In Chinatown, a shuttle will circulate among stops near the Chinatown, Tufts Medical Center, and Government Center stations every half-hour from 5 a.m. to 7 a.m. and 8 p.m. to 1 a.m.
Twenty vans will be available along the Orange Line route for those who have accessibility needs.
For bicyclists, free 30-day passes will be available for the Bluebikes bike share network.
US Representative Stephen Lynch expressed concern about the transit shutdown’s impact on Monday’s commute during an appearance on WCVB-TV’s OTR Sunday morning show.
Lynch said he has advocated that federal officials increase their oversight of the MBTA, though he also said Sunday that the FTA prefers to work with local officials.
“I would say that I’m nervous. I’m nervous ... about Monday, about what might happen there,” Lynch said.
Boston Mayor Michelle Wu, who regularly rides the Orange Line to work, will take the shuttle Monday, she told reporters during a Saturday press conference at the Roslindale Village Station.
She asked people to take their time and pay attention to changes on local roads due to the new shuttle bus lanes.
“For everyone who is trying to get to work, or school, or get around, just please be patient with each other,” Wu said.
Somerville Mayor Katjana Ballantyne said she and her team rode shuttle buses Saturday, and she was encouraged by “friendly and attentive” drivers who ensured that riders reached their destinations.
She called for the transit system to be free for the entire month.
That would be, she said, an “acknowledgement of the disruption this will have on people’s lives.”
When asked what his biggest concern for Monday was, Malden Mayor Gary Christenson said, “The unknown!”
“We are doing all we can to help mitigate that by focusing in on getting people in and out of Malden as quickly and safely as possible,” he said in an e-mail.
MBTA crews used the first weekend of the Orange Line shutdown to begin work at several locations, said MBTA spokesman Joe Pesaturo on Sunday.
The projects included lighting upgrades at stations such as Forest Hills, Stony Brook, and Assembly; making roof repairs at Sullivan and Wellington stations; and demolition of old track near Wellington Yard. Nearly 1,300 feet of new rail was installed along the southbound tracks between Downtown Crossing and State Street by Sunday late afternoon, Pesaturo said.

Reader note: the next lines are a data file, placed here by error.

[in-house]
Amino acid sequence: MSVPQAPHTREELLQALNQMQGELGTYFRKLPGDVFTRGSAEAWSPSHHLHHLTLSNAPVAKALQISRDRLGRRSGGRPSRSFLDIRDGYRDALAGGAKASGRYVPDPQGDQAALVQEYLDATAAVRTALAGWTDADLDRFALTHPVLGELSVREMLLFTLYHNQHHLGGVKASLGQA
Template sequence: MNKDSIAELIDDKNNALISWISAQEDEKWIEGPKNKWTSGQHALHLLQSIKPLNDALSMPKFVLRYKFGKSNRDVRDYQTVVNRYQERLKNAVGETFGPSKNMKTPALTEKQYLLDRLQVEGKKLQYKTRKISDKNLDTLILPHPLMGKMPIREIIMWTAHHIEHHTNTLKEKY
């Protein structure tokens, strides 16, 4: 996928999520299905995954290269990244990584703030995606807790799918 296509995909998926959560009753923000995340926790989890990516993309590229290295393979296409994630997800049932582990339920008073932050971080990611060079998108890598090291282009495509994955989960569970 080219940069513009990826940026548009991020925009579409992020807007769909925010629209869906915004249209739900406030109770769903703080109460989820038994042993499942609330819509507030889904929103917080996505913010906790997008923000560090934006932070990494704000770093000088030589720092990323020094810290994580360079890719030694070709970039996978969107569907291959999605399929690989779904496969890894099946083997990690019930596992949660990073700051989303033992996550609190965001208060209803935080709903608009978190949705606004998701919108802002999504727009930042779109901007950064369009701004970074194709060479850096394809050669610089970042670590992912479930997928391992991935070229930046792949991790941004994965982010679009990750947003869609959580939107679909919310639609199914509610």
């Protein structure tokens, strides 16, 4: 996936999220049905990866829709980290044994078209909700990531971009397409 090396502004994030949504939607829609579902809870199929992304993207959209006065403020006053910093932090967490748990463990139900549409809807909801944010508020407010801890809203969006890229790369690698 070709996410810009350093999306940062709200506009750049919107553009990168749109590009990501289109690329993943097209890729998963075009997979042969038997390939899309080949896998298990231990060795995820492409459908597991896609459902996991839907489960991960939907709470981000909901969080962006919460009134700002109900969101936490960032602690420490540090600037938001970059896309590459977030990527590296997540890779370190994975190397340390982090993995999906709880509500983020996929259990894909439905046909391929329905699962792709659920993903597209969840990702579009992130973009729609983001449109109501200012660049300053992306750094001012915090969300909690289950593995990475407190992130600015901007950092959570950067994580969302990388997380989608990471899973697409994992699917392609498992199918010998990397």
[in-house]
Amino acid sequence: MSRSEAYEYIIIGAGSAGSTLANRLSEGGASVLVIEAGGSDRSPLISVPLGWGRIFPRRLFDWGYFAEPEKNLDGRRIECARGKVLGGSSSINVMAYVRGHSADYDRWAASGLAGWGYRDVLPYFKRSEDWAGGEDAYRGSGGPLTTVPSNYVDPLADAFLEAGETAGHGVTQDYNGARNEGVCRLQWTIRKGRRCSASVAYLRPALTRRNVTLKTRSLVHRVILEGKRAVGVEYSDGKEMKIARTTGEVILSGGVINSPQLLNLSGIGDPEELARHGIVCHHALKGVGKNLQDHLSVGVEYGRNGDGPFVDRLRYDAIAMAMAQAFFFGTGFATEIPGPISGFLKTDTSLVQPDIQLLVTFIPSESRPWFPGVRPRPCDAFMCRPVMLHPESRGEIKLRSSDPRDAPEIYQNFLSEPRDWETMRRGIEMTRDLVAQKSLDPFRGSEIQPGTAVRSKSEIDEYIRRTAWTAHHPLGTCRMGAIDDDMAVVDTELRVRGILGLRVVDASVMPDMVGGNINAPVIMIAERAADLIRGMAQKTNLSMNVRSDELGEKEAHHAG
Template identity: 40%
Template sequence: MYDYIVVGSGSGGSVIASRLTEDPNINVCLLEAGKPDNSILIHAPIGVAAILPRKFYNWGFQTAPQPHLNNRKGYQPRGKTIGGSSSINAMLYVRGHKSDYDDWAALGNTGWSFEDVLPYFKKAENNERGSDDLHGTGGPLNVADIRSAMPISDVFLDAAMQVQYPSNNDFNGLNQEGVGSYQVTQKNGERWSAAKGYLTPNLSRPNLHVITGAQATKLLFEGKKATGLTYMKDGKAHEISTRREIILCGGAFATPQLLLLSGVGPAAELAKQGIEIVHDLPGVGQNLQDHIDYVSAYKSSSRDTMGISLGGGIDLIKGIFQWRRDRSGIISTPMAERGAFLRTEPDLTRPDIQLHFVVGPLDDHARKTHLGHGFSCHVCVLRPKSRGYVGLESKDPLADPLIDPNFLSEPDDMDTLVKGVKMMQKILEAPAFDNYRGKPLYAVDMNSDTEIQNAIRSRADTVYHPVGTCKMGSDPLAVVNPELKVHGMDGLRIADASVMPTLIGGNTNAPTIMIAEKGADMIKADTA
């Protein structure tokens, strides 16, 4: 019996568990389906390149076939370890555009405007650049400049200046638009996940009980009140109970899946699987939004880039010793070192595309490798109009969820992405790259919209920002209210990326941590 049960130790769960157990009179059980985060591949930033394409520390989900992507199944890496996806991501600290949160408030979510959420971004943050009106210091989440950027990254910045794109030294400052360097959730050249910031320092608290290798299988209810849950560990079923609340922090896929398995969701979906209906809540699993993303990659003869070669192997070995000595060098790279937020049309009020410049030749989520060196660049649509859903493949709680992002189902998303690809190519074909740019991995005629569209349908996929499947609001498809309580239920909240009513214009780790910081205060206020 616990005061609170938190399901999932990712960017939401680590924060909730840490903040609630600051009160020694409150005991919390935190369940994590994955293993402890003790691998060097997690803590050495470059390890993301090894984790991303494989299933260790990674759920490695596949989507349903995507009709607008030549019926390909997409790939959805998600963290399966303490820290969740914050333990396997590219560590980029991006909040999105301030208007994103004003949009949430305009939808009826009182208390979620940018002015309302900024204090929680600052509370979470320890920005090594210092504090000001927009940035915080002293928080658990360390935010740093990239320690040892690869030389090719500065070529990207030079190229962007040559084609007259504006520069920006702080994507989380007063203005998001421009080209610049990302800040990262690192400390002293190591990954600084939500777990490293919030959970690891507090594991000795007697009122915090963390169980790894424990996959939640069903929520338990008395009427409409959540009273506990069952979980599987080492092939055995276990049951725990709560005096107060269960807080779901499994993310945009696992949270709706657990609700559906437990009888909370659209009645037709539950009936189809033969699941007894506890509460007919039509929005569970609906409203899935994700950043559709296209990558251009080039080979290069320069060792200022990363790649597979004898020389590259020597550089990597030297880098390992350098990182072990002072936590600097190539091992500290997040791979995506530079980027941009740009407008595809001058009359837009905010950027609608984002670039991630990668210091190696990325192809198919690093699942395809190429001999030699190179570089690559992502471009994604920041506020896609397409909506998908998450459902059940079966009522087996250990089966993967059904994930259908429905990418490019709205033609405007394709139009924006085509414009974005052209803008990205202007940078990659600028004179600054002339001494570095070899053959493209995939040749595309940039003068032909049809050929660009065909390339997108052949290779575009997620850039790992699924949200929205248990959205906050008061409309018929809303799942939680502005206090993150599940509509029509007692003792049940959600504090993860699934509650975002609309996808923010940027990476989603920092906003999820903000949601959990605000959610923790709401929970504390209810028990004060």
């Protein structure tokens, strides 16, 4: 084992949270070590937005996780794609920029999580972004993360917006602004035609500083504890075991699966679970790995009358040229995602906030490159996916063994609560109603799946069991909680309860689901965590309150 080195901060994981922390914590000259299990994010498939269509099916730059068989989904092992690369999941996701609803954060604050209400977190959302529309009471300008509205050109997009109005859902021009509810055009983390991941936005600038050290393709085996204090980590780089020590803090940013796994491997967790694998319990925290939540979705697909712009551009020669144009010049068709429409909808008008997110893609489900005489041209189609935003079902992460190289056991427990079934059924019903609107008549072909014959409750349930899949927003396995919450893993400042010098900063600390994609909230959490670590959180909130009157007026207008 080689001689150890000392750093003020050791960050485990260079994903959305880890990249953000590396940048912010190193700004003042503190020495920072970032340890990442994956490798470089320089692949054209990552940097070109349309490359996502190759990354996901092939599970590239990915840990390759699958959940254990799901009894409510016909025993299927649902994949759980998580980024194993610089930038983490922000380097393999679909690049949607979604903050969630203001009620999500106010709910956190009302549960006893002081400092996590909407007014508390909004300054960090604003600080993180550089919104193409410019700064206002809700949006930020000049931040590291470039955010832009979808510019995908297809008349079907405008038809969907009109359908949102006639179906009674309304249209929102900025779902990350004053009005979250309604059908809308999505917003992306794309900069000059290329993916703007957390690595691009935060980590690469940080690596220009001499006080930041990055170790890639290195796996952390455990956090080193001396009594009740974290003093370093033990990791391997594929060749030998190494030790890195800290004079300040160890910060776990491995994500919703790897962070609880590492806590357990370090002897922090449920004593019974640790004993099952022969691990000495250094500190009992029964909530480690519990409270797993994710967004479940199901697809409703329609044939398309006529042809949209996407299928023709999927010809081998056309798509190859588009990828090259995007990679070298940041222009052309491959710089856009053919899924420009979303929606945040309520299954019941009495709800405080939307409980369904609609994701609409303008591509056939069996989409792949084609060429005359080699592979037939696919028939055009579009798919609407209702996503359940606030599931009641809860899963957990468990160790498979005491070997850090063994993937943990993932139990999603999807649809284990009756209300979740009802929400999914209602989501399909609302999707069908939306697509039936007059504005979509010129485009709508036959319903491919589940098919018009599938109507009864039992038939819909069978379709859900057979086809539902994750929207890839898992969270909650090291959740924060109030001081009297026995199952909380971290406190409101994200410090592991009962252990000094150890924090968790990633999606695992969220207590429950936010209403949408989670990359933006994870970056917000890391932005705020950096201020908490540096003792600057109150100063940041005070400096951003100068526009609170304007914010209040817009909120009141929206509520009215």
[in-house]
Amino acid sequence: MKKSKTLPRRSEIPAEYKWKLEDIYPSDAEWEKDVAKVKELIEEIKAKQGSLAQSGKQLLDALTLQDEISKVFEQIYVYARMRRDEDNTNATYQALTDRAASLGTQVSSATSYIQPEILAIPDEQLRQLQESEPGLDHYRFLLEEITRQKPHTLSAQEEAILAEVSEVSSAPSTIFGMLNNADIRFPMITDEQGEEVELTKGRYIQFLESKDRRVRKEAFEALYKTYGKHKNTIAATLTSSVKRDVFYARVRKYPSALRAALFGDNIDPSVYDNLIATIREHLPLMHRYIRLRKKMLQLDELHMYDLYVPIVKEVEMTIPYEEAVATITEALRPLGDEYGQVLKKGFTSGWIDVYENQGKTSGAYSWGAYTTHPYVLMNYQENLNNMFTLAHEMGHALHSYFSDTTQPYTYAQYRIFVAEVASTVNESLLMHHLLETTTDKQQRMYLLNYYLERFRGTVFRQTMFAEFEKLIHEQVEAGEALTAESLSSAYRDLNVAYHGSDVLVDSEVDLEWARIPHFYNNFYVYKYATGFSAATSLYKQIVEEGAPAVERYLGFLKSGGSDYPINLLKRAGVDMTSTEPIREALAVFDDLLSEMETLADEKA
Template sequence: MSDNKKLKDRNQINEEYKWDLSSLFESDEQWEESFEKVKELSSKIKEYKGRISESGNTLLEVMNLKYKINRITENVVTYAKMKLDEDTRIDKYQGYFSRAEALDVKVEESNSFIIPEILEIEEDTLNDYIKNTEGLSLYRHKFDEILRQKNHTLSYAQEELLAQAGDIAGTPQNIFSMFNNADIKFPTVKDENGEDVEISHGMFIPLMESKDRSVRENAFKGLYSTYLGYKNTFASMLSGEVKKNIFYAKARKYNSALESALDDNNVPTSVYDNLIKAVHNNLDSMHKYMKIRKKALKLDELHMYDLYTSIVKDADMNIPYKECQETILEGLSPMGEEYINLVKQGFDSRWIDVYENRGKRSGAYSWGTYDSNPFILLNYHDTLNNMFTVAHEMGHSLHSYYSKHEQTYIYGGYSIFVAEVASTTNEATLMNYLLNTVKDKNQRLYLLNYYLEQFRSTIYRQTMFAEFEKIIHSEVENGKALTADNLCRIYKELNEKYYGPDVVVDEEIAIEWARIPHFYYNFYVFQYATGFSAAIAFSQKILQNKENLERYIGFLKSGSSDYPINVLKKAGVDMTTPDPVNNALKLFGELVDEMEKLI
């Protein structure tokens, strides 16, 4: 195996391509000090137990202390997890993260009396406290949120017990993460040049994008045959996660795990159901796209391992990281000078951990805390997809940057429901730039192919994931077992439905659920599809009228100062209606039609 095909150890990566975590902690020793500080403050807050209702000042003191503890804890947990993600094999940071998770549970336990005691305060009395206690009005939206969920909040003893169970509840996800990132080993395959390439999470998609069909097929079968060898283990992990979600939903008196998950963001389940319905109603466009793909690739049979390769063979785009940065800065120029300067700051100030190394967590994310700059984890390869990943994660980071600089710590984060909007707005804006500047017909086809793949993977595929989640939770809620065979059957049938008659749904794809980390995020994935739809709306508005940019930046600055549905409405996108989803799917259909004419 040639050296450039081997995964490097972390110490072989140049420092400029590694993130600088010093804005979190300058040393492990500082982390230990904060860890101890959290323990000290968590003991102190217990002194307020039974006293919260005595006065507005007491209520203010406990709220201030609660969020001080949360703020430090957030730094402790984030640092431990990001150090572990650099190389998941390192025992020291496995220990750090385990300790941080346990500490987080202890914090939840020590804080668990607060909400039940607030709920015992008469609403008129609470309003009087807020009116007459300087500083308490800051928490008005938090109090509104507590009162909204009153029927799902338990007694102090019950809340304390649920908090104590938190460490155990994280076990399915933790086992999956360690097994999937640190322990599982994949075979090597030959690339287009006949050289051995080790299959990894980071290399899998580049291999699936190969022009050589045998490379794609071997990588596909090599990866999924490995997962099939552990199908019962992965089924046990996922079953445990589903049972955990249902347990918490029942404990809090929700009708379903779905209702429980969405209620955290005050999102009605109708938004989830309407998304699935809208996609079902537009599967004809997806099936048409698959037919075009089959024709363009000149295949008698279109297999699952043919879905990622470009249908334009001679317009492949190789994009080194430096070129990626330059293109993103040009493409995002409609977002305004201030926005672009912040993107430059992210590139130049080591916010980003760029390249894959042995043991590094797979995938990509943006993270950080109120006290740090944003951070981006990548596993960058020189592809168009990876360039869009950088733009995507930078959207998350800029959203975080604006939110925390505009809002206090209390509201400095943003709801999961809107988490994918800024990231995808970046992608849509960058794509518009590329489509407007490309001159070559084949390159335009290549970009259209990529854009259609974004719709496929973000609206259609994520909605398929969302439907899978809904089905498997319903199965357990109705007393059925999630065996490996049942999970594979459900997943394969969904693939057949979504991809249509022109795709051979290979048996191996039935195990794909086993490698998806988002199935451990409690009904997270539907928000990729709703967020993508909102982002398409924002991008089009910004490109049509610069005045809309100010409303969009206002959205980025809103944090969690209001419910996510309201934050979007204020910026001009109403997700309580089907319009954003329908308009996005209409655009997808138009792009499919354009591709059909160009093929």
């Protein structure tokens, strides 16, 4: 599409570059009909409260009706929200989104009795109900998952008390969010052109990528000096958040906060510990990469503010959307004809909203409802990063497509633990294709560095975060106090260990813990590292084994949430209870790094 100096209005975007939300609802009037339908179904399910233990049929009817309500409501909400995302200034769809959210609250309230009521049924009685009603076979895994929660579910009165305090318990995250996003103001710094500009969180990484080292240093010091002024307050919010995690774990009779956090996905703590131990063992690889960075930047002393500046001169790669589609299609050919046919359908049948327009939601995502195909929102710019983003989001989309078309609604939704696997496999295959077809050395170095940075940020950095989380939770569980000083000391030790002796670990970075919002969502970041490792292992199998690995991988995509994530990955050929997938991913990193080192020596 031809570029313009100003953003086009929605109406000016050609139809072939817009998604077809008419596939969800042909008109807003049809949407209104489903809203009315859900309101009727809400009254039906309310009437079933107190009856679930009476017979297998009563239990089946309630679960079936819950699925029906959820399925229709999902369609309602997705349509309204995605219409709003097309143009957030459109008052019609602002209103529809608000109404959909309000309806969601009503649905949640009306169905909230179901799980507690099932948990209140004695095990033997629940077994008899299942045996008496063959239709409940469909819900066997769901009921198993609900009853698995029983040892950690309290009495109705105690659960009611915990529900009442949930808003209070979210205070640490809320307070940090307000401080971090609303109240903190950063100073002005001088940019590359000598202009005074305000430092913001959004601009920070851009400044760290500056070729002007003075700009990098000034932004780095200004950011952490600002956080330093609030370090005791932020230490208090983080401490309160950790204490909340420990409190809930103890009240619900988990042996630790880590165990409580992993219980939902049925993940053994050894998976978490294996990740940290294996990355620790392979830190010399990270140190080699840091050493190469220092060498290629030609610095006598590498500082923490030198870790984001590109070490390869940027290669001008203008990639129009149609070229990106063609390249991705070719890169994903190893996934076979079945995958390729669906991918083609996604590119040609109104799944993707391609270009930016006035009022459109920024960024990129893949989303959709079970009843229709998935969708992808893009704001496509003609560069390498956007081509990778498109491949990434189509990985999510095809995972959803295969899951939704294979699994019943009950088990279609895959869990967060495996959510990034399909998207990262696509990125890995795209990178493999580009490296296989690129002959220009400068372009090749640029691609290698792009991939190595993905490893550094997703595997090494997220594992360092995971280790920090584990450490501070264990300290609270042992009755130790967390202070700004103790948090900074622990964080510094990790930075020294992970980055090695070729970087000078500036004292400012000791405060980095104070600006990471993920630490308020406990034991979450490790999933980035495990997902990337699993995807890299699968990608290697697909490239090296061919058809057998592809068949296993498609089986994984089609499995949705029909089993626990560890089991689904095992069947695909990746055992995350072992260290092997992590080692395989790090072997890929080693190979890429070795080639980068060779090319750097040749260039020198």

“The MBTA asks for customers’ patience and understanding during this period of critical work on the Orange Line,” Pesaturo said. “At the end of the 30-day closure, the T looks forward to providing riders with a safer and more reliable travel experience.”
Some commuters riding the subway system Sunday appeared to take the impending shutdown in stride.
For Carol Grau, who works at a call center in downtown Boston, the Orange Line closures mean a significant increase in her commute.
Grau, 55, lives in Jamaica Plain and usually takes the train from the Forest Hill Station almost directly to her job. With work starting at 8 a.m., she said she expects her commute to now begin around 6 a.m., an hour earlier than usual.
“I’m going to try to do some work from home, see if they’ll let me, but we’ll see,” Grau said. “But today wasn’t that bad. So we’ll see how it works out tomorrow.”
Bill Wasserman, 82, who exited a shuttle bus at Back Bay Station, praised the service.
The buses were clean and neat, he said: “They looked like they just bought them.”
He hopes that officials will improve posted messaging about alternative shuttle routes but wished people would give the new service a try.
“There are gonna be people complaining all over the place before tomorrow, but you got to give it a chance, and you got to get to work early.”